Boston Children's Museum
308 Congress Street, Boston, MA 02210
Providing a context to an activity can help to give it significantly more meaning for children. Before doing the My Own Soccer Ball activity, read this story to children and learn a little more about life and soccer in Kenya.
Read the story ahead of time so that you are familiar with it.
Ask your students if they know where Kenya is. Can they find it on a map? Tell them that in Kenya, just like in every country, kids love to play games and soccer is one of the most popular. Do any of your students play soccer? What would they do if they didn’t have a soccer ball around? In Kenya, South Africa and other countries, sometimes children want to play but they don’t have a real soccer ball…but that doesn’t stop them from playing the game they love! Tell your children that you will read them the story of a boy in Kenya who faced just such a problem.
Paul Waithaka shared this story about his experiences in Kenya as a child:
Challenges, Innovation, Teamwork and Collaboration, by Paul Waithaka
Growing up in rural Kenya, playing soccer was very much a part of growing up for boys. It was the country’s pasttime, played from the villages to the big cities. I wanted to play soccer like Joe Kandenge, Sammy Onyango “Jogoo”, Diego Maradona, etc.
For those lucky and “rich” enough to own a black and white television in the village in the 1980s they were able to watch imported shows such as “Football Made in Germany”, the Italian league and soccer from Brazil. The problem they would however face was that most of these shows were being aired late in the evening and the village boys would camp in their houses until the game was over.
Growing up in the village also meant that money was very scarce to buy “real ” soccer balls. Once in a while over the holidays one of the boys would get lucky and get a real plastic ball. This however would not last long and would be punctured either by barbed wire or the rough terrain. However this would not stop the fun of playing soccer. The boys would scatter in all directions in search of Plastic bags and sisal or nylon ropes. Within no time the team would bring all the collected bags together and we would methodically start stashing them together into the shape of a ball. We would hold them in place using the rope and in no time we would go back to playing soccer until late hours of the evening. Although recycling was not popular then, I look back and think that we were way ahead of the rest of the world in recycling the plastic bags. This was teamwork at its best. (See figure 1).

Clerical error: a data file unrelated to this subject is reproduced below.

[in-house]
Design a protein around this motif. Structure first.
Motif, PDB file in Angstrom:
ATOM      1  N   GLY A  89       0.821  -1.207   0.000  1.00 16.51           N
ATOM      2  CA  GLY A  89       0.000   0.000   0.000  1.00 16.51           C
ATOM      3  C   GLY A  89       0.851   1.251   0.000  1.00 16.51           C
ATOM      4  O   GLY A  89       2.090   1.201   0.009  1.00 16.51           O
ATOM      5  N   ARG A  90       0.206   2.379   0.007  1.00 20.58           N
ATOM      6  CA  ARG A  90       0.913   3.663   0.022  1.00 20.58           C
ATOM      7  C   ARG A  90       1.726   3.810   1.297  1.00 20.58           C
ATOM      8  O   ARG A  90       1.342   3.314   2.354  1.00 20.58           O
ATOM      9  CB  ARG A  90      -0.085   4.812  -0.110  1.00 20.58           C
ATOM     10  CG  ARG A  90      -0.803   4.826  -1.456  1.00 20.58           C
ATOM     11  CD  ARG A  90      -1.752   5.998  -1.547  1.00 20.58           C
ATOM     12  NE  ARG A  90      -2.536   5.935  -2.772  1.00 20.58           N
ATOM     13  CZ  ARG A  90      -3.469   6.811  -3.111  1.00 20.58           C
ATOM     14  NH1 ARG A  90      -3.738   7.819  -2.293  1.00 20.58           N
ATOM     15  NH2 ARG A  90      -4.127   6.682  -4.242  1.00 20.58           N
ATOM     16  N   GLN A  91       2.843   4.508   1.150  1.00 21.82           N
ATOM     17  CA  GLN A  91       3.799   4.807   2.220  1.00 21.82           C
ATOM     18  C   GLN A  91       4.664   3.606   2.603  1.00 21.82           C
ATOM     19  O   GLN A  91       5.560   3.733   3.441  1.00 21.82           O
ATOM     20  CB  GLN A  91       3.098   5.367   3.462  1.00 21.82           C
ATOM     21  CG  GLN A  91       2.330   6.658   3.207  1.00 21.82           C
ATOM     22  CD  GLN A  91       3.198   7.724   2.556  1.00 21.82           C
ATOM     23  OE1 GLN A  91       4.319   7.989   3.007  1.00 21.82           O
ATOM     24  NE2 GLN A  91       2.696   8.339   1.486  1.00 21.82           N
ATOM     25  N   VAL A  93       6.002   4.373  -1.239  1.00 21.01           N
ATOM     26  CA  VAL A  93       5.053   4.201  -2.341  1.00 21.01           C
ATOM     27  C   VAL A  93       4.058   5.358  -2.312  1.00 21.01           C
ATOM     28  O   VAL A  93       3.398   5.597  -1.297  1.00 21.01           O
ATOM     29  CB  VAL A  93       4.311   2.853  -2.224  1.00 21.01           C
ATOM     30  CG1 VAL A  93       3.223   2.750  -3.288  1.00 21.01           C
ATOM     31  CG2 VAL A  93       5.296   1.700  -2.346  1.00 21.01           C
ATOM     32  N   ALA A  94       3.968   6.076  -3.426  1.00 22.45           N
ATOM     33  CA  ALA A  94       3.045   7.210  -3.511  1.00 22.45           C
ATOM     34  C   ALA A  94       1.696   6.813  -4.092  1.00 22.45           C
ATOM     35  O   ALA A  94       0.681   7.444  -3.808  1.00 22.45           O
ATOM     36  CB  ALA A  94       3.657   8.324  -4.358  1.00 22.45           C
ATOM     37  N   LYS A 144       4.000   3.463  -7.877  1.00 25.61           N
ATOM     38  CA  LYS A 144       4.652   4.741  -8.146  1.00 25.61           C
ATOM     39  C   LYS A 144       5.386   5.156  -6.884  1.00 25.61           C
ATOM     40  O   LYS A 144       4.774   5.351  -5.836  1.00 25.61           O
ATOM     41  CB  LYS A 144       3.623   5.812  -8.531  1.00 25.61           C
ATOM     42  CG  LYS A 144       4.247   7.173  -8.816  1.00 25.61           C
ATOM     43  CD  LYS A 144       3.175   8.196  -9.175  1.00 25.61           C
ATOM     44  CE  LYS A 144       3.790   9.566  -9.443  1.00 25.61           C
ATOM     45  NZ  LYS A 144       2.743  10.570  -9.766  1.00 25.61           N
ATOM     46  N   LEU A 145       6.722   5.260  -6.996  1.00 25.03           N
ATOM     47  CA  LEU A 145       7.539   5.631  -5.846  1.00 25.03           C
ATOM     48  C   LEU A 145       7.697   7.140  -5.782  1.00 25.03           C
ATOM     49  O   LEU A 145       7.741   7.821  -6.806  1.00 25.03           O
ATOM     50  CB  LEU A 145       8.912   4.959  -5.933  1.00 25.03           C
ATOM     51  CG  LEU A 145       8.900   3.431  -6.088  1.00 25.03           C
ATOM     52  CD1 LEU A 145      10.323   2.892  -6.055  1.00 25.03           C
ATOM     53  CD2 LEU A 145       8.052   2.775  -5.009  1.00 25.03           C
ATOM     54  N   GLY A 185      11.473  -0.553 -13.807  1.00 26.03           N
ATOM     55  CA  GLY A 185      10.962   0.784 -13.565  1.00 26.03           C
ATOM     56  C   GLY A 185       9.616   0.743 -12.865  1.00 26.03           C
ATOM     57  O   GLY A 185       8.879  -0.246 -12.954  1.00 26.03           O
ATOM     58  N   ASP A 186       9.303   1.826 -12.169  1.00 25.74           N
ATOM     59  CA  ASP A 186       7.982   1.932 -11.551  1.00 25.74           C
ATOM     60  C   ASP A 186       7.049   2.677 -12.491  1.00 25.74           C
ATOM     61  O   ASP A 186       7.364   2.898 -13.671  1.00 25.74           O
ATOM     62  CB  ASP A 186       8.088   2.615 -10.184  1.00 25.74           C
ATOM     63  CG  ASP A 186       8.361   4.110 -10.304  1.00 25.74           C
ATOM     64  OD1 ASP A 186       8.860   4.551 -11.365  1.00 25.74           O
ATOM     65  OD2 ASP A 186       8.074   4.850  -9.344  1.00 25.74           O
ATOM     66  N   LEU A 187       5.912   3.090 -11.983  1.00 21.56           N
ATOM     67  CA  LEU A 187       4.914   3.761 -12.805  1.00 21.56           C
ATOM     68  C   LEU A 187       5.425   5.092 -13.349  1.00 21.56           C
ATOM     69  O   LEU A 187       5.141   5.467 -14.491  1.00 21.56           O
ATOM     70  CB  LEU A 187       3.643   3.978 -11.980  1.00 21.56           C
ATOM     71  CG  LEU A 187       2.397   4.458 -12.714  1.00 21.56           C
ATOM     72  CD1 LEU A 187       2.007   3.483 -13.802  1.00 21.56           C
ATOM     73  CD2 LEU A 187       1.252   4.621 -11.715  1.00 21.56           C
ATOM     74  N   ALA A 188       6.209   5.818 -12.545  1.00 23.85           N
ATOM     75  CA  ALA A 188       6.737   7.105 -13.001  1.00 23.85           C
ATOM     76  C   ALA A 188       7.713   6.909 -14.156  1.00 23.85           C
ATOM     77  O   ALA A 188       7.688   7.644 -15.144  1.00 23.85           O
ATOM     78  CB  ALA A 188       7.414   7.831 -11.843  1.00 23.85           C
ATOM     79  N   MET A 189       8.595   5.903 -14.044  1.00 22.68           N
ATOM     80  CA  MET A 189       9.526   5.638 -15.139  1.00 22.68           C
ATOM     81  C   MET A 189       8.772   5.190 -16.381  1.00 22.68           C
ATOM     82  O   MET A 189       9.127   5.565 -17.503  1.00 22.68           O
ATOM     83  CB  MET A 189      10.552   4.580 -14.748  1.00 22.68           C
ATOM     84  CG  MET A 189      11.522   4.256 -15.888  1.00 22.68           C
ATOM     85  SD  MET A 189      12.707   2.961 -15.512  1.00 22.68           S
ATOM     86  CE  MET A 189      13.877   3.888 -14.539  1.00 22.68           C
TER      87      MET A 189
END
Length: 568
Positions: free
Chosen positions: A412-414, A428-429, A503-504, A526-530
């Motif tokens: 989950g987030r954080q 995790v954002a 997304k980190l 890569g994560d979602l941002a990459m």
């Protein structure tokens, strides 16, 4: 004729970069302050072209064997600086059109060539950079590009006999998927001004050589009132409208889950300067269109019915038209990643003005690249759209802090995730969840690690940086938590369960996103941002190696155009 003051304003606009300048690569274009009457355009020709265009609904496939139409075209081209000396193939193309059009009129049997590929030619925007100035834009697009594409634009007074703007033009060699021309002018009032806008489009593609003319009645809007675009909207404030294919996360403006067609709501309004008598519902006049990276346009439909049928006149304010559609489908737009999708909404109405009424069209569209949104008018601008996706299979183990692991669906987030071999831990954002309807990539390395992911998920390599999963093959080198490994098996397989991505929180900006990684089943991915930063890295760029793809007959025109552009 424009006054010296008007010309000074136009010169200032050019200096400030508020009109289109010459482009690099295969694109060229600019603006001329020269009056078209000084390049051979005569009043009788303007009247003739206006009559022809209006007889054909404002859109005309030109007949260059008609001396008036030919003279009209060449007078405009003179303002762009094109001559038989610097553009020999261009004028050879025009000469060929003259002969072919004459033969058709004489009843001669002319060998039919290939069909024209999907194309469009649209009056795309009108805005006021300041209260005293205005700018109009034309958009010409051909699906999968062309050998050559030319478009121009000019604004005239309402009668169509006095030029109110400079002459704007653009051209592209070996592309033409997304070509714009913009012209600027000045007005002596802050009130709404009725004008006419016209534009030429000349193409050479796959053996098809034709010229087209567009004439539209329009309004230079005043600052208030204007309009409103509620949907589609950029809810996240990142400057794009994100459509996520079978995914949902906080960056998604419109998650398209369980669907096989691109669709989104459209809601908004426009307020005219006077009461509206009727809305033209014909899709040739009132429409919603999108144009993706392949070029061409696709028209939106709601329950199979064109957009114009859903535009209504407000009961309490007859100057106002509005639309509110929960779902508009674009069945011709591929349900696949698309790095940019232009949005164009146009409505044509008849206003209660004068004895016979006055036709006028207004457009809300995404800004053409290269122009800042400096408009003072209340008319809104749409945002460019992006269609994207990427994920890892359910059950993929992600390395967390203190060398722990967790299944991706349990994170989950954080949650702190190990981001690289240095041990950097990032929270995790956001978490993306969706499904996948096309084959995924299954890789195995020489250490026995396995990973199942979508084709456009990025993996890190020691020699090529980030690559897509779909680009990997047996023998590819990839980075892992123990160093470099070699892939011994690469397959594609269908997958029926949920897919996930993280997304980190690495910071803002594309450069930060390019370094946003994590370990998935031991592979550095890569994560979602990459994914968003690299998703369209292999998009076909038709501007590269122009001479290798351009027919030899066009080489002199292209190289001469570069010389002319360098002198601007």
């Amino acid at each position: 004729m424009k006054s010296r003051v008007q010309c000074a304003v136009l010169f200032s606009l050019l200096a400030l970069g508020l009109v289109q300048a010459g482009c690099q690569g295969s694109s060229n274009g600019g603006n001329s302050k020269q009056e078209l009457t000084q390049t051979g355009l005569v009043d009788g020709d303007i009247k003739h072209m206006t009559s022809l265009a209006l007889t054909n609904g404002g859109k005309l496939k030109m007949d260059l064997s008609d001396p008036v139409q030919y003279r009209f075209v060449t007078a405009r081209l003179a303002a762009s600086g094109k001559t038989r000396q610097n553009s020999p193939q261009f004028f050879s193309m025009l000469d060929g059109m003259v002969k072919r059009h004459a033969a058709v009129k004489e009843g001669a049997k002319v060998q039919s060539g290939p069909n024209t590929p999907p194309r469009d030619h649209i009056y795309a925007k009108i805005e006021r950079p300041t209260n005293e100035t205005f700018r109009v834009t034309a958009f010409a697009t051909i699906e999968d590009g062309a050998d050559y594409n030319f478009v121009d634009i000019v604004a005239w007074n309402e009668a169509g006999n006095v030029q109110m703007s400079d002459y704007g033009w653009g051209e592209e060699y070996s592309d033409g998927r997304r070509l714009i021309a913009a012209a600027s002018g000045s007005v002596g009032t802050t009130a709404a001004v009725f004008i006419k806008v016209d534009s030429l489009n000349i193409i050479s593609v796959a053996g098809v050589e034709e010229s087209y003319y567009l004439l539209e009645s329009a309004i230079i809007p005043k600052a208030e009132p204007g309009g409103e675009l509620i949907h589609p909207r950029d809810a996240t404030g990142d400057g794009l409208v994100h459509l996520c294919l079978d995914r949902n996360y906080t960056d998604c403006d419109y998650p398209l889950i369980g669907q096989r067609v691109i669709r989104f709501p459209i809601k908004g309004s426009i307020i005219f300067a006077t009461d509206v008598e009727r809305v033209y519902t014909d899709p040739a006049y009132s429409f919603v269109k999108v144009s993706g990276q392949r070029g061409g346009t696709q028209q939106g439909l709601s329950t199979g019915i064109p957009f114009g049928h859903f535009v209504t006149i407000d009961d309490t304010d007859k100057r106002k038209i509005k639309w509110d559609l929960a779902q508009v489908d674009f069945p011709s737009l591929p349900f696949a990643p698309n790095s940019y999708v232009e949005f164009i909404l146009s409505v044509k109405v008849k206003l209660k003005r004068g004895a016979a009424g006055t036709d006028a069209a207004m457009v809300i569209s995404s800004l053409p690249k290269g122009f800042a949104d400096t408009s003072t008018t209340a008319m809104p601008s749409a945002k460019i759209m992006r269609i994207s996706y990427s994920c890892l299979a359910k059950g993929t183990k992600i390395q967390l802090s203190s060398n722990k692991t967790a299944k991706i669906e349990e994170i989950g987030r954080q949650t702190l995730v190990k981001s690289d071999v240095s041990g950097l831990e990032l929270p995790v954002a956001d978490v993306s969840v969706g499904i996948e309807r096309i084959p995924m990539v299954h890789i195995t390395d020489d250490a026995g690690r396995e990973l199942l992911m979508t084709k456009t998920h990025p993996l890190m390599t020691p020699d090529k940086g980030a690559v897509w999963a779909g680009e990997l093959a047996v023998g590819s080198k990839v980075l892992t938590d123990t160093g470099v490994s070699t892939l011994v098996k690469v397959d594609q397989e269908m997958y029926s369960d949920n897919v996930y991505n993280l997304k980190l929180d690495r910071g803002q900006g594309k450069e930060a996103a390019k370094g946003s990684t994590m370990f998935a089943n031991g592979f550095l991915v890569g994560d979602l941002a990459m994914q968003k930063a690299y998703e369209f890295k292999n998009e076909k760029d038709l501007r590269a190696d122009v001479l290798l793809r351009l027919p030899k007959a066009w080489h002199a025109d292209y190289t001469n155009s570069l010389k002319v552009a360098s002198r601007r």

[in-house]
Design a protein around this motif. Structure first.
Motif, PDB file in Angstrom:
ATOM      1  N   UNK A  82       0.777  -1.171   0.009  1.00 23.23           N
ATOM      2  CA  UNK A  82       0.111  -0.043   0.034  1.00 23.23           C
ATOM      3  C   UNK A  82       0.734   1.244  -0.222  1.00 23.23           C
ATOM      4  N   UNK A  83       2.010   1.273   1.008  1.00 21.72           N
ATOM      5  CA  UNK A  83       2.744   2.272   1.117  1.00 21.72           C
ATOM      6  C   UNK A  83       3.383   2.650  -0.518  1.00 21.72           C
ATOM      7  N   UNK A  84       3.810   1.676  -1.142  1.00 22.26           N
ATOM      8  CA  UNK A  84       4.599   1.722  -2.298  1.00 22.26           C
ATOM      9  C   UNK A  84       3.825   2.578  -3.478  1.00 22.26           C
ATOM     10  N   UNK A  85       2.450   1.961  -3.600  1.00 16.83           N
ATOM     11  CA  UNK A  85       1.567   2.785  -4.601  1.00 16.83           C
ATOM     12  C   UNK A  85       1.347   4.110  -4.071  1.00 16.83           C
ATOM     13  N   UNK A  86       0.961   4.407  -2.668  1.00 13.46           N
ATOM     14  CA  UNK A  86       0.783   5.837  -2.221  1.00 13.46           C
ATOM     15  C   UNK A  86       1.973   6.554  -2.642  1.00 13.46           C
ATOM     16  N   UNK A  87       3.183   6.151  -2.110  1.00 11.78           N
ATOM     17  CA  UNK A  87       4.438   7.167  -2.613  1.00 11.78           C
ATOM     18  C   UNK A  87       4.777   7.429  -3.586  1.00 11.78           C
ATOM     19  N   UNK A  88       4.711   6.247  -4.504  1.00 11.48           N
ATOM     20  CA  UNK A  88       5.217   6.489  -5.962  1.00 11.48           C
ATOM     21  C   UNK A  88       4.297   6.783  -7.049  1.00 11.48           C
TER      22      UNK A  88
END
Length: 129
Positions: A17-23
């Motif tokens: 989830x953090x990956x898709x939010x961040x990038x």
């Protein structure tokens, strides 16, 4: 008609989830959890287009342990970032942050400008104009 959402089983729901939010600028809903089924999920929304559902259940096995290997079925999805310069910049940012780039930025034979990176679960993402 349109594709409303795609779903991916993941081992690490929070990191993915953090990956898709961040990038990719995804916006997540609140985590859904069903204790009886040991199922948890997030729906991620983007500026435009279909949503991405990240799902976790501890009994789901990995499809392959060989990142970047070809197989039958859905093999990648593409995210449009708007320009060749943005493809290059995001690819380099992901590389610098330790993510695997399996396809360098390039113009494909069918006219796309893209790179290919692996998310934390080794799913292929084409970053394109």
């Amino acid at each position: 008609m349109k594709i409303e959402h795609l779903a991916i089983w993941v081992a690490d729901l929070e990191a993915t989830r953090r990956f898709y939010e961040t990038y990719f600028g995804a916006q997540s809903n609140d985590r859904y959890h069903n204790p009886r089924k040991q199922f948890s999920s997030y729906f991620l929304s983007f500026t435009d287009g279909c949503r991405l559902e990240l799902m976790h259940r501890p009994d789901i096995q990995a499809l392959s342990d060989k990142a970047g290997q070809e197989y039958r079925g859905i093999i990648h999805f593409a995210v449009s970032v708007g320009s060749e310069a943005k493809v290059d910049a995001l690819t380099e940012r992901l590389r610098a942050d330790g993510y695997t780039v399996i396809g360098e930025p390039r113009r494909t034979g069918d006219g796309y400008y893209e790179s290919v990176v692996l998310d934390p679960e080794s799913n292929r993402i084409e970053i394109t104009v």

After your students have heard or read the story, have a quick discussion with them. Have they ever faced a similar problem as Paul did, where they had to be creative in order to play or do something? How did they solve the problem? What do they think the soccer balls that Paul played with were like?
Try the My Own Soccer Ball activity with your students.
For some good books about and set in Kenya, check out the following resources: